I love history and I love fiction; so I should read a lot of historical fiction. But it can be a challenge to find good examples of the genre: satisfying as story, imaginative in style, enlightening as historical account.
Jennifer Cody Epstein’s The Gods of Heavenly Punishment is good historical fiction. It delivers that elusive combination of compelling characters, narrative energy, and descriptive skill that makes history come alive.
The novel’s central event is the US firebombing of Tokyo—an attack considered the deadliest air raid of World War II, killing more than 100,000 on the single night of March 9−10, 1945. Epstein sets one of her main characters, sixteen-year-old Yoshi, in the middle of it, experiencing the horror of the bombs as they descend, “slow as dreams, bright as water.” And as they set men and women, boys and girls, houses and whole neighborhoods ablaze: “a booming flash, a roar so deafening that the screaming world went quiet.”
Epstein propels her story toward this terrible night—and then beyond it—by introducing a small set of characters, both Japanese and American: as they were before the war, and who they eventually become as the conflict overshadows their lives.
We first meet Yoshi as a six-year-old, the cherished daughter of Kenji, a prosperous builder, and Hana, his enigmatic wife. There’s twelve-year-old Billy, who’s just discovered that he loves to take pictures with his Brownie camera, and his architect father Anton. And Cam, the New York farm boy who dreams of being a pilot. In deft scenes set in Japan, Manchuria, and the U.S., Epstein conveys her characters’ virtues and flaws, hopes and fears. She has a gift for knowing when to be generous with the details— Japanese dialect, meaningful metaphors, exquisite descriptions—and when to leave something to the reader’s imagination.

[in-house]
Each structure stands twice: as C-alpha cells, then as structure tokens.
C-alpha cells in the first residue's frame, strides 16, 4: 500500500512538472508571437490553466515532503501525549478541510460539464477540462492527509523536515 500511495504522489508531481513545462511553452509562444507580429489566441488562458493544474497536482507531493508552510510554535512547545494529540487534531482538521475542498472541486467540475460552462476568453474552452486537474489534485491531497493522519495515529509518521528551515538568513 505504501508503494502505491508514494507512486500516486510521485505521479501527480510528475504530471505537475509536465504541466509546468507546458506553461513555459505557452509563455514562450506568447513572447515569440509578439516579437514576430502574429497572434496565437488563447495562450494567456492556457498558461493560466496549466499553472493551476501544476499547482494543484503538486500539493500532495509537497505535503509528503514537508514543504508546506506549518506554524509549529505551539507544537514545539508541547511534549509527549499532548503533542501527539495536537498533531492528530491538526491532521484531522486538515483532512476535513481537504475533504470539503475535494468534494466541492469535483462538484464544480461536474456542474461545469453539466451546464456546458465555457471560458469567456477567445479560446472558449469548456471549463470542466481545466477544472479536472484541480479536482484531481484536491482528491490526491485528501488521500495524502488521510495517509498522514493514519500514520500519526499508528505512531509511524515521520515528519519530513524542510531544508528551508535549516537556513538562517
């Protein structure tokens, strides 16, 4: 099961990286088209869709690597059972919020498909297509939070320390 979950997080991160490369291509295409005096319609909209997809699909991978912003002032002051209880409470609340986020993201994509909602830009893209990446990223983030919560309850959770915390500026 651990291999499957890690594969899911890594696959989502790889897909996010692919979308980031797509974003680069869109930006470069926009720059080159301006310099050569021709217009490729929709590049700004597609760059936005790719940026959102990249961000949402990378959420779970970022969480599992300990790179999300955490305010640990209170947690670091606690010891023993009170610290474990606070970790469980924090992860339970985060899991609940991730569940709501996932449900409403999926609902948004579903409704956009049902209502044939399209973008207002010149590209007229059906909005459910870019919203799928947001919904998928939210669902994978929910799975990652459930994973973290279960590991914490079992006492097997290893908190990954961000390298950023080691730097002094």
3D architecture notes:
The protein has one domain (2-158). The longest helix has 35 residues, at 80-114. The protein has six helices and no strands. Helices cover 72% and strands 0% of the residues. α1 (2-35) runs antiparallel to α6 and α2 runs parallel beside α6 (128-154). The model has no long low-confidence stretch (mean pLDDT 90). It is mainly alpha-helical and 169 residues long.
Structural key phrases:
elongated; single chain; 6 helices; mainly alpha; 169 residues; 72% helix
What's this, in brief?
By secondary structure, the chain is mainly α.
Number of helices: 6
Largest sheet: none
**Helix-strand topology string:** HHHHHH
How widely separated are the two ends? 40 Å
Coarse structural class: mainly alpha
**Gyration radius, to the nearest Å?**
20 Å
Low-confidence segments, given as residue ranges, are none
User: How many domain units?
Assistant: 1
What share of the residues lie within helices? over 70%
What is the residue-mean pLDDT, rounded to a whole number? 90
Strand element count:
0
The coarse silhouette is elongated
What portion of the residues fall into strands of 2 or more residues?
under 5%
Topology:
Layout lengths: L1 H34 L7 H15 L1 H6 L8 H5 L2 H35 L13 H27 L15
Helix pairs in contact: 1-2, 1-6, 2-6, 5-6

I found myself thinking about Epstein’s characters and their circumstances while at work and on my daily walks; I wanted to return to the novel and find out what happened to them. In historical fiction, it’s the characters—whether based on real figures or imagined into history—who persuade us to journey back in time, to accompany them in bearing witness to the past.
But, with the book back in my hands, I usually slowed myself down to savor the words, because Epstein is a fine stylist, whether she’s describing a scene or an interior landscape. One character’s impression of his lover, for example, is so precisely drawn, even as it evokes someone unknowable:
But even at her most passionate, there was always a sense…that something was missing; something that had either been stripped from her or plucked out by her own will, or maybe never had the chance to form in her at all. She was beautiful, and startlingly intelligent, with a caustic sense of humor that could make him laugh until his gut hurt. She was the most uninhibited woman he’d ever slept with… But there was something in her extremism that felt almost nihilistic; as though sex were a way of punishing herself. And she could say things that sent chills up his spine.
One of the most heart-wrenching passages, for me, is what pilot Cam Richards observes from the cockpit of his fighter jet, the Blonde Bombshell, as he flies over Japan on a mission in 1942:
Then the [shore]line was behind them, the fine white grains sifting into what looked like an enormous checkerboard from some green-painted Wonderland. Farmhouses of silvered wood squatted atop rice fields. People came and went carrying tools and bright cloth bundles and more children. As the Bombshell made its roaring way overhead, some of the farmers took off their straw hats and waved them back and forth slowly, as though pointing the way to Tokyo. Cam saw kids climbing peach trees—the girls with beribboned braids, the boys with little military-style buzz cuts, all of them waving, waving, waving. He wondered why they weren’t in school. He wondered what they learned when they did go, whether it was just like what he’d learned, but in Japanese.
This scene truly captures what is at the heart of The Gods of Heavenly Punishment: the human-ness to be found, and to be grateful for, beneath the inhumanity of war.
War lets us blot out what we know of right and wrong, encouraging us to wallow in prejudice, to justify inhumane thoughts, crude words, and obscene actions. But Jennifer Cody Epstein reminds us that this ultimate human tragedy can also open our eyes to empathy and compassion, if only we know where to look.
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